Tomescu, Alexandru Mihail Florian , Rothwell, Gar W. .
Bacterial microfossils within a macrophytic cyanobacterial colony from the Passage Creek biota (Early Silurian, Virginia, USA).
Compression macrofossils of the Early Silurian Passage Creek biota (Llandoverian, Virginia, USA) reveal profuse colonization by a diverse array of microorganisms. While some of these represent recent contamination by endolithic and soil microbiota, the origin of others is more equivocal. Two of the criteria for establishing the fossil status of microbiota are indigenousness to the fossiliferous rock and syngenicity. Association of the microorganisms with macrofossil material reduces verification of both criteria to documenting whether microorganisms are embedded in the carbonaceous macrofossils, or restricted to surfaces open in fissures. Very small sizes render the position of most of these microorganisms with respect to the macrofossils inconclusive, making it difficult to assess indigenousness/syngenicity. A carbonaceous compression representing a macrophytic cyanobacterial colony harbors features strongly reminiscent of bacteria. These occur as inclusions in the amorphous extracellular matrix of the colony. SEM reveals sub-micron rod-shaped bacteriomorphs and suggests these are embedded in the macrofossil material. Indigenousness and syngenicity of bacteriomorphs are confirmed by TEM which shows them as strings of short rods completely embedded in the carbonaceous matrix. The rounded edges and arrangement confirm a biogenic origin, and together with size identify them as bacteria. They are preserved as internal casts produced by mineral replacement: infilling of voids created by decay of cell contents with precipitated minerals. The bacteria could represent decomposers or symbionts of the cyanobacterial colony. In diverse extant terrestrial and aquatic cyanobacteria, extracellular investments constitute a matrix supporting microhabitats that are often the sites of intense bacterial colonization, and bacterial-cyanobacterial interactions are most commonly mutualistic. Irrespective of the type of relationships between bacteria and cyanobacteria at Passage Creek, this is the earliest direct evidence for bacterial-cyanobacterial interactions and reinforces the importance of this fossil biota for understanding the early stages of continental colonization.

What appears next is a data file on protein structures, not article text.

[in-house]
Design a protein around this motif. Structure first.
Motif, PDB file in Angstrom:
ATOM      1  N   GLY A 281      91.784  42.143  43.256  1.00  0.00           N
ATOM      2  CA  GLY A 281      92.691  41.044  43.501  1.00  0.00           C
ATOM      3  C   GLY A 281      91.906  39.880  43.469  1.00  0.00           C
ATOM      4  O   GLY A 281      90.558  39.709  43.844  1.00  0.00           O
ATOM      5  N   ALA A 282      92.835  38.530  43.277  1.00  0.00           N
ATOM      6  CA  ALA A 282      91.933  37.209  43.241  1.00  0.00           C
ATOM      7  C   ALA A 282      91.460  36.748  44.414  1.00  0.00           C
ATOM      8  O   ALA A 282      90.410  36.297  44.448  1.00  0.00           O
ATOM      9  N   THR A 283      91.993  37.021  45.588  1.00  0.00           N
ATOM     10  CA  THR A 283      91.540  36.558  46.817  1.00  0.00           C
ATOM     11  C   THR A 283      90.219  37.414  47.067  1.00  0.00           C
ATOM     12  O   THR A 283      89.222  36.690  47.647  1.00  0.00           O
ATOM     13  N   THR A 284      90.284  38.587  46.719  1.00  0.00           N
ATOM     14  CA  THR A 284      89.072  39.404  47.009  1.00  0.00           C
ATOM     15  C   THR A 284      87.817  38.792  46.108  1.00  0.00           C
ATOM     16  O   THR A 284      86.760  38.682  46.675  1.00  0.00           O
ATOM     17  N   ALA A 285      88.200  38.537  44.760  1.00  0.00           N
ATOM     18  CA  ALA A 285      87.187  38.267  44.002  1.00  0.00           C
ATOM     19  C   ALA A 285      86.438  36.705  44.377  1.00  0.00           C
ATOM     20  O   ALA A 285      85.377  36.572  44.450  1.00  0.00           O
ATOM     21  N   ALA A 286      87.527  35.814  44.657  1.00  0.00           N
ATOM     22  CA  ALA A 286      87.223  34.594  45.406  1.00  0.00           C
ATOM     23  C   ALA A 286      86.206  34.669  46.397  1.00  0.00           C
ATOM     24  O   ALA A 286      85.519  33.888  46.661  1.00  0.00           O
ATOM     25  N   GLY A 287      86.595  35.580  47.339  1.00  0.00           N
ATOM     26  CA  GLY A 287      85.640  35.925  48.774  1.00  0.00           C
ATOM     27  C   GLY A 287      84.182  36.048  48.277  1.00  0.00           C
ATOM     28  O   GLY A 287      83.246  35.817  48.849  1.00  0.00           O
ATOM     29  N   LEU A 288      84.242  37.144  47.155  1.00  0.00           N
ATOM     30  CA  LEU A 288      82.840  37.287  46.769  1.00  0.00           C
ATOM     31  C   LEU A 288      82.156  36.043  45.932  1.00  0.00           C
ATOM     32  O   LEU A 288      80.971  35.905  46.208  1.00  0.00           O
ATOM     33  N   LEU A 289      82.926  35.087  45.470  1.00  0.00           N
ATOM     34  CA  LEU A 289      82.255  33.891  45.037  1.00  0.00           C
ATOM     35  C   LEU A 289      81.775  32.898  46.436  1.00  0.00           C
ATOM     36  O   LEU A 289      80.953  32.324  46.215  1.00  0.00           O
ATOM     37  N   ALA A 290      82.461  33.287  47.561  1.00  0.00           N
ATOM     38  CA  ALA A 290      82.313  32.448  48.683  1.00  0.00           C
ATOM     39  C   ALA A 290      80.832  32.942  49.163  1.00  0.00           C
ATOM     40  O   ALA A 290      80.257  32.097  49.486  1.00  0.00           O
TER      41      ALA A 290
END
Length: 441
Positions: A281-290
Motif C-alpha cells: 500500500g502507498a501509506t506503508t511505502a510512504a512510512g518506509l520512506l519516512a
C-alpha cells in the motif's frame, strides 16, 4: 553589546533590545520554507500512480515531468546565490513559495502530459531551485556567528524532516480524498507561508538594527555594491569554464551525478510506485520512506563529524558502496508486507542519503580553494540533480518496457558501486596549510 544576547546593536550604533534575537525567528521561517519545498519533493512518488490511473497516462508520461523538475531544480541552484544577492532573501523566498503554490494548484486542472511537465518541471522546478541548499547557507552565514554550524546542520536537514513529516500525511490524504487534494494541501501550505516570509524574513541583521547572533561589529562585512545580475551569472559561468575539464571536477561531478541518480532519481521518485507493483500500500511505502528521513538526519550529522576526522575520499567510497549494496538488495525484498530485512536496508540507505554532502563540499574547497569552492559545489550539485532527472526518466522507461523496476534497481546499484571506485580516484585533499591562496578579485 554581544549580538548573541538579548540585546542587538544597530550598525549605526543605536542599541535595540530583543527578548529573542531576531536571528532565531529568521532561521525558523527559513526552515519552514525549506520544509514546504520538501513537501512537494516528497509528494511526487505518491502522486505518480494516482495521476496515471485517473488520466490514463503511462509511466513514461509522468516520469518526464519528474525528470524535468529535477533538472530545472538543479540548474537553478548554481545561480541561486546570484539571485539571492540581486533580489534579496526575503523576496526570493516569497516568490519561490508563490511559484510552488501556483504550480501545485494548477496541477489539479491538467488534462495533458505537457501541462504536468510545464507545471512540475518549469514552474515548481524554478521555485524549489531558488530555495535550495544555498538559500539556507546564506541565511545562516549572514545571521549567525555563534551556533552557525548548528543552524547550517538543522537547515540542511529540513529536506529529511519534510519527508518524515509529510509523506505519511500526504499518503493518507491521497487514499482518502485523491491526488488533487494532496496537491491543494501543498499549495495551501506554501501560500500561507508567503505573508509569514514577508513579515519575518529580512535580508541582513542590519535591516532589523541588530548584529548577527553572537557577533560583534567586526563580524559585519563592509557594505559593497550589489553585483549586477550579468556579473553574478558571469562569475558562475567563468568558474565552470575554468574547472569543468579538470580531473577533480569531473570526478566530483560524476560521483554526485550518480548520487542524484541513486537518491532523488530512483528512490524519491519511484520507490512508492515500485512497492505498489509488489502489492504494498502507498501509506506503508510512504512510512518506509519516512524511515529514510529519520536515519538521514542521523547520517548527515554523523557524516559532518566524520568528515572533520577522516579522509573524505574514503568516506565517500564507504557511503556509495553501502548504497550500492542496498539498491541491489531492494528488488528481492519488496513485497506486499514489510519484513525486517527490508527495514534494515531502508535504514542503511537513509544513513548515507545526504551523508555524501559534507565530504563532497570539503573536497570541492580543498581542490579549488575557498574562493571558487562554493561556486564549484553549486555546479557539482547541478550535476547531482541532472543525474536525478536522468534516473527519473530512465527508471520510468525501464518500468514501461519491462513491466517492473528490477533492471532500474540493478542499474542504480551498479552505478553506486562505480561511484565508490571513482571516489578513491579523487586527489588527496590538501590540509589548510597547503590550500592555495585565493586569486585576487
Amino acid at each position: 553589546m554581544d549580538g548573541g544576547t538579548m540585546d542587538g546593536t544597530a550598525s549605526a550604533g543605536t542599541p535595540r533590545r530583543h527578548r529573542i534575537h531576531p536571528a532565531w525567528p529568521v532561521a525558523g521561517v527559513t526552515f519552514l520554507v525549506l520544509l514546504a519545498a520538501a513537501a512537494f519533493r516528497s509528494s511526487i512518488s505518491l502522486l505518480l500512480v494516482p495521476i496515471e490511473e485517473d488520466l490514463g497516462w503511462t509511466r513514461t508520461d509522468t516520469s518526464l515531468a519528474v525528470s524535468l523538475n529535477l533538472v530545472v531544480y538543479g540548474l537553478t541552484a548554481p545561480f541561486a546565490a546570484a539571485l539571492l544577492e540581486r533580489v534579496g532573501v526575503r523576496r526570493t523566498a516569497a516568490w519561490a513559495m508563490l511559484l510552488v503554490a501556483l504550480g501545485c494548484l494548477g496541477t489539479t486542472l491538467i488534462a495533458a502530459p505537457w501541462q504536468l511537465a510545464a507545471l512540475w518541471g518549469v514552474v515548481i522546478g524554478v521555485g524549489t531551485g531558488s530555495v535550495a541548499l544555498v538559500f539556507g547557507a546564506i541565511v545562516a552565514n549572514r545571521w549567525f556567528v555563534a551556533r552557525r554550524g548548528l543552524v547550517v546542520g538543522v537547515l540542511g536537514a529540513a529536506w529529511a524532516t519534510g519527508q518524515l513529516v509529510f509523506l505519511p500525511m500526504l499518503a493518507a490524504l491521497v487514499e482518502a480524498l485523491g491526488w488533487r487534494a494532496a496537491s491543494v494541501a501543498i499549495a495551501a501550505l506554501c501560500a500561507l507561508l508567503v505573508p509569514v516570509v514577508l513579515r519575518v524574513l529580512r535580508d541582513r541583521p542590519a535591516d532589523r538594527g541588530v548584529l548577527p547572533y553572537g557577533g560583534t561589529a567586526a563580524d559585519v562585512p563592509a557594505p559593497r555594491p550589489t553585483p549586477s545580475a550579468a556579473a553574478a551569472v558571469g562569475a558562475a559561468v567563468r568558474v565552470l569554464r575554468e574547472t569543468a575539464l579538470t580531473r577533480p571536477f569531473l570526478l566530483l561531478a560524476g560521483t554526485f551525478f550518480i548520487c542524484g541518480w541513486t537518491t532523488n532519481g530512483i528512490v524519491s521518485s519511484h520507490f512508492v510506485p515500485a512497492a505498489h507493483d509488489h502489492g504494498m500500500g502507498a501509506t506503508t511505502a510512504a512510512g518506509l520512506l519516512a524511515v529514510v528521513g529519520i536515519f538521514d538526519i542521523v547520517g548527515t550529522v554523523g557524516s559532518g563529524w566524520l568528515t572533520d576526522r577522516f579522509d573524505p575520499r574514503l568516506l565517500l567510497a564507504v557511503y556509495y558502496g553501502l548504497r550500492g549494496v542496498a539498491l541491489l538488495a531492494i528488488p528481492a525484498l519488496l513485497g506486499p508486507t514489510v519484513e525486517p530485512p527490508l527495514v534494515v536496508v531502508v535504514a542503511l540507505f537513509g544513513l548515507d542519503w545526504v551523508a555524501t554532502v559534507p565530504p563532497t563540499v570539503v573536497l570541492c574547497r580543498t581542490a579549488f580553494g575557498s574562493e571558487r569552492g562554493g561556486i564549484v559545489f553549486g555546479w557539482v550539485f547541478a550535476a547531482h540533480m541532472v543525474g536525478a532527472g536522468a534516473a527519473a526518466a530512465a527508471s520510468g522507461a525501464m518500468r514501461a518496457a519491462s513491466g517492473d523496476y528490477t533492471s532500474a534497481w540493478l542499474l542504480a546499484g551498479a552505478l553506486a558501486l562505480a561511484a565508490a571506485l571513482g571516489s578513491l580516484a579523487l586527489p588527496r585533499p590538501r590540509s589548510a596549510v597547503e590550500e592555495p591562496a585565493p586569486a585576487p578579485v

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1 - Humboldt State University, Department of Biological Sciences, Arcata, California, 95521, USA
2 - Ohio University, Department of Environmental & Plant Biology, Porter Hall, Richland Avenue, Athens, Ohio, 45701-2979, USA
Presentation Type: Oral Paper
Date: Monday, August 15th, 2005
Time: 10:15 AM